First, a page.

Source: Emerj | January 17, 2019 Author: Niccolo Mejia The insurance industry is making use of various artificial intelligence applications to solve business problems, but perhaps the most versatile is predictive analytics.
The ability to aggregate data from disparate sources for business intelligence allows business leaders in insurance to inform important decisions across departments.
In this article, we’ll take a look at some of the use-cases for predictive analytics software in the insurance industry.
Here at Emerj, we like to discuss use-cases with real-world examples, paying particular attention to case studies purporting success with AI software available to enterprises.
As such, in this report, we’ll be running through four vendors offering predictive analytics to insurance enterprises.
These vendors offer software with value propositions such as: Rapidminer offers data science teams at insurance enterprises a platform for creating machine learning models for use cases such as customer churn prevention and fraud detection Alteryx and Guidewire offer software for ensuring that customer payouts aren’t overpaid Cloudera offers software that can prevent insurance employees from giving customers inaccurate quotes and detect fraud We’ll start our analysis of the use cases for predictive analytics in insurance with RapidMiner’s platform for building machine learning models.
Customer Churn Prevention RapidMiner RapidMiner offers a namesake software that it claims helps data science teams of insurance companies create and deploy predictive models for fraud and churn prevention.
The company advertises their software as a predictive analytics solution for insurance companies looking to gauge customer lifetime value.
The software seems to use historical transaction data from customers to mark them with a high lifetime value and is able to reveal marketing options for that type of customer.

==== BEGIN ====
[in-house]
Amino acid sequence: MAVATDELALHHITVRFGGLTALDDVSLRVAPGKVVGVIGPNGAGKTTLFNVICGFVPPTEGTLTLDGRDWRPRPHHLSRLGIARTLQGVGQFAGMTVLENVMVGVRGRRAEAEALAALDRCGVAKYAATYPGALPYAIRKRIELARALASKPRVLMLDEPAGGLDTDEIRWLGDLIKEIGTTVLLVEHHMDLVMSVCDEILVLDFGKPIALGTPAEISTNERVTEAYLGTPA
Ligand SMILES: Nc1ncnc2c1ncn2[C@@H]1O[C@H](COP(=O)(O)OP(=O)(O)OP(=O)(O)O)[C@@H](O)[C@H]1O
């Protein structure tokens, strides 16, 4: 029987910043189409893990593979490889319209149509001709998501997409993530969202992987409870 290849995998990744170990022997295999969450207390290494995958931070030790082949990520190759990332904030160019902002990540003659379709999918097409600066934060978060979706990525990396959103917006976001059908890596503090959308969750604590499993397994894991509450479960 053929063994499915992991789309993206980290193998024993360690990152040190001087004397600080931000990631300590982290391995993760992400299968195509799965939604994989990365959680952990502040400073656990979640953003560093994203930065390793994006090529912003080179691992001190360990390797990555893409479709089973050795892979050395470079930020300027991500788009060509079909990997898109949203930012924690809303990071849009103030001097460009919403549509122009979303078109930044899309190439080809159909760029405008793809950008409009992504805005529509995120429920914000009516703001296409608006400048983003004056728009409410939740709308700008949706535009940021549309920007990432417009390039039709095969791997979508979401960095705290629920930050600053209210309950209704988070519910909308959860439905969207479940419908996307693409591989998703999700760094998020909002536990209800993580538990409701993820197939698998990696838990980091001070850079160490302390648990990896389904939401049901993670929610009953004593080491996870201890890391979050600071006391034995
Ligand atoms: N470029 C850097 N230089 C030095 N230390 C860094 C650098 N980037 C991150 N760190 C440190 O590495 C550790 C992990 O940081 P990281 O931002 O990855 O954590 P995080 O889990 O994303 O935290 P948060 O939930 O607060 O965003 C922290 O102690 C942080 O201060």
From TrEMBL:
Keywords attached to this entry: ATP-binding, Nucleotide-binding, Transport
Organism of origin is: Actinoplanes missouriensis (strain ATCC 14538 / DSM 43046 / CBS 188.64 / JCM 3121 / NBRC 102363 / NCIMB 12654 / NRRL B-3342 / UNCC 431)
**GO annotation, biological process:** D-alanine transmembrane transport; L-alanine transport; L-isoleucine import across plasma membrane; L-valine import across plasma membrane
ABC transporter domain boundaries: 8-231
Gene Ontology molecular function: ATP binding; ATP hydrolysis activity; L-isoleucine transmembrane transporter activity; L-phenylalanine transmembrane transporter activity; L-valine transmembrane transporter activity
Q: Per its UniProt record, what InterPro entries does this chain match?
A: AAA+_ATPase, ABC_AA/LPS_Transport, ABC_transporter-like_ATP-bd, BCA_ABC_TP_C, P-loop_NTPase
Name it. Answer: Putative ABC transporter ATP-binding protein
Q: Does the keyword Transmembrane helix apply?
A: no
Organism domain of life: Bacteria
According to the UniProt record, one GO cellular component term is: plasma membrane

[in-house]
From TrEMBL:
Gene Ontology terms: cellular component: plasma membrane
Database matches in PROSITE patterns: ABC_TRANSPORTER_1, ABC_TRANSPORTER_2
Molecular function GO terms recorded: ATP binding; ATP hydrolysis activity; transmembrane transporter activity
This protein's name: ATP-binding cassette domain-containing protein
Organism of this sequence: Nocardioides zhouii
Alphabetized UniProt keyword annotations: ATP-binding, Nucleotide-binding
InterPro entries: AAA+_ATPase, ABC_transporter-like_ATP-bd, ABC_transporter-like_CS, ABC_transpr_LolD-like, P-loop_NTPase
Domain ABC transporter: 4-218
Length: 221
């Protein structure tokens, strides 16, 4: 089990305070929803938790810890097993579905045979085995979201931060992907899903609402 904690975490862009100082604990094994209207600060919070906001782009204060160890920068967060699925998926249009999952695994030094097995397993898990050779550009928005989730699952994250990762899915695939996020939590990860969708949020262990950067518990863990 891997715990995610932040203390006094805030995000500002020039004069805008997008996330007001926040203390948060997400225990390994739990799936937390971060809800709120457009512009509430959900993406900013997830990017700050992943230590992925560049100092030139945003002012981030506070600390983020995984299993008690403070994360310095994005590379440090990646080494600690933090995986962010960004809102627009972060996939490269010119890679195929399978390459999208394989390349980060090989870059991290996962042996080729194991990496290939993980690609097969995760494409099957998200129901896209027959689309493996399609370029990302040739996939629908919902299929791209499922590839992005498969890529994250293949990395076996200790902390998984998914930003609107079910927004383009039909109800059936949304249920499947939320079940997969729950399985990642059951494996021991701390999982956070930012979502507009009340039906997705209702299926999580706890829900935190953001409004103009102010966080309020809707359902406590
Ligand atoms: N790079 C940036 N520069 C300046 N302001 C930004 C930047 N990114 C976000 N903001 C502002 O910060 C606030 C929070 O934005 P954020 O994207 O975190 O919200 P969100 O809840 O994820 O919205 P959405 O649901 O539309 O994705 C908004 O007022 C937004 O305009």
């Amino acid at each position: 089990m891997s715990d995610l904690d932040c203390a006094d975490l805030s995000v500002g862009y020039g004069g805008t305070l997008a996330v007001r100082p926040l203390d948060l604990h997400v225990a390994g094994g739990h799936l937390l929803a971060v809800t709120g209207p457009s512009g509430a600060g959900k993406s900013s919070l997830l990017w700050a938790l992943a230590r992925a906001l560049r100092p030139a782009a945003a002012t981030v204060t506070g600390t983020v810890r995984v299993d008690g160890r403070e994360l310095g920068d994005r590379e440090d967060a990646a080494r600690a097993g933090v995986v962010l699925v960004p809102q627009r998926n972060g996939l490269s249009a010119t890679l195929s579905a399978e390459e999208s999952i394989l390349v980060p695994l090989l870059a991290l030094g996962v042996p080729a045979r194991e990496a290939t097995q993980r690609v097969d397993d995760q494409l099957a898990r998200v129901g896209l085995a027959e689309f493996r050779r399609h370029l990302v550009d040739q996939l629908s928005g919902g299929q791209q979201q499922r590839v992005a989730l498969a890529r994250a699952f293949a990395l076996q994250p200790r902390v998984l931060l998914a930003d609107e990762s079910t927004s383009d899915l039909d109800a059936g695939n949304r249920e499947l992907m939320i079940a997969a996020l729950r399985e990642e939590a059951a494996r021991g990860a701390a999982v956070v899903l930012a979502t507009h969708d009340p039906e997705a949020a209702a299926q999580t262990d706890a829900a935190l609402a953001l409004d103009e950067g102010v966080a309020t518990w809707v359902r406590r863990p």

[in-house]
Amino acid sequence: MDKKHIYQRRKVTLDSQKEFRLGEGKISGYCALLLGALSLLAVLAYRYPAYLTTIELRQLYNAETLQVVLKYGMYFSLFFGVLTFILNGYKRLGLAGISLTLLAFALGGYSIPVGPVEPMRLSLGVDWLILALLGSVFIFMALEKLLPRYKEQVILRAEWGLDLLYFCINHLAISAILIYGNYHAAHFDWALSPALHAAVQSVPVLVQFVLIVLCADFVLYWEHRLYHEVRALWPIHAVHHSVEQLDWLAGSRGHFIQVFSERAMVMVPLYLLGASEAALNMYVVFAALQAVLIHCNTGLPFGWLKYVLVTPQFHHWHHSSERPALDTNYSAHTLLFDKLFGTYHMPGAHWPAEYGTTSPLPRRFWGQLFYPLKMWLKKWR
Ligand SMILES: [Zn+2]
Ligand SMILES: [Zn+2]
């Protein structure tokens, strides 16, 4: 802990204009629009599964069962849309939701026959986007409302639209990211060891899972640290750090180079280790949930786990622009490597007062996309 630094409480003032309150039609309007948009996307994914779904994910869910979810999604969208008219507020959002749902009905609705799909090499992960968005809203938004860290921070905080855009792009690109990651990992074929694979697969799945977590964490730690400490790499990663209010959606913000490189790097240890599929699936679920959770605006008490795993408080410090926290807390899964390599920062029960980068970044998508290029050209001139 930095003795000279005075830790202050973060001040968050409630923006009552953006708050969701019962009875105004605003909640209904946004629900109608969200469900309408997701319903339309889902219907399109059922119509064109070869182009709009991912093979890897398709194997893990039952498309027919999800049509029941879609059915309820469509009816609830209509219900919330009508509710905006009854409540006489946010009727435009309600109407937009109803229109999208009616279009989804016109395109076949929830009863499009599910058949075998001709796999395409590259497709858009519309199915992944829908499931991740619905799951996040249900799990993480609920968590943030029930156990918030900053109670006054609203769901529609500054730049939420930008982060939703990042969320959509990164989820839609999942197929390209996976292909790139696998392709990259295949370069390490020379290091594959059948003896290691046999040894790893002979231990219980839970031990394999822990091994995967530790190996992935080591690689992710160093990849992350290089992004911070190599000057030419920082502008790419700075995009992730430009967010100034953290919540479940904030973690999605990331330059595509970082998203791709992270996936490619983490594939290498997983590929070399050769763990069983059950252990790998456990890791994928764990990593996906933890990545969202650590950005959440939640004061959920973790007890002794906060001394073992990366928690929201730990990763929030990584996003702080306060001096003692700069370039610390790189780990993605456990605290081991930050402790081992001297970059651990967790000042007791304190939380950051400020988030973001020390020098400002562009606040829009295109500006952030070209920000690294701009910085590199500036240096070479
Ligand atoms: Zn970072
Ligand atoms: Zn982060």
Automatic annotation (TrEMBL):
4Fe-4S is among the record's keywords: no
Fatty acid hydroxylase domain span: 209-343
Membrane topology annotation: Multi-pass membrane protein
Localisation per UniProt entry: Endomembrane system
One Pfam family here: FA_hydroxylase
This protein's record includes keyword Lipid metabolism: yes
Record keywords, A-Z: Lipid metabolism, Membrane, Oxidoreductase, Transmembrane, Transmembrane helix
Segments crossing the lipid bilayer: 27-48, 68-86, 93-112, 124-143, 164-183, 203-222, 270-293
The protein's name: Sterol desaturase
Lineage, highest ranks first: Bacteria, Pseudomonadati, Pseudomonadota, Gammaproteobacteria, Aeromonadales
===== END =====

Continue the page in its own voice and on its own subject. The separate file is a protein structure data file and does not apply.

The company also claims the software can identify fraudulent insurance claims based on claims data exhibiting fraud in various forms.
It should be noted that this is distinct from an AI-powered solution for anomaly detection.
Predictive analytics for fraud prevention would be simply used to detect discrepancies identified from training on claims data.
This type of software would use those discrepancies to alert the user that the detected behavior could be a precursor to fraud.
Whereas anomaly detection would be able to detect and flag activities as fraud in real time while a user is interacting with or submitting a claim to an online or otherwise digital platform.
RapidMiner states the software’s machine learning model needs to be trained on tens of thousands of customer accounts and digitally documented insurance claims.
The customer accounts used would ideally reveal trends or behaviors that point towards churn.
The claims data would consist of both fraudulent and nonfraudulent claims, with the fraudulent claims being labeled as such.
Then, a data scientist would expose the machine learning model to this data, which would train it to discern which data points correlate to customers with a high risk of churn and fraudulent claims.
The software could then predict which customers are most likely to end their relationship with the client insurer.
It would also be able to predict if an insurance claim is fraudulent and prevent it from processing.
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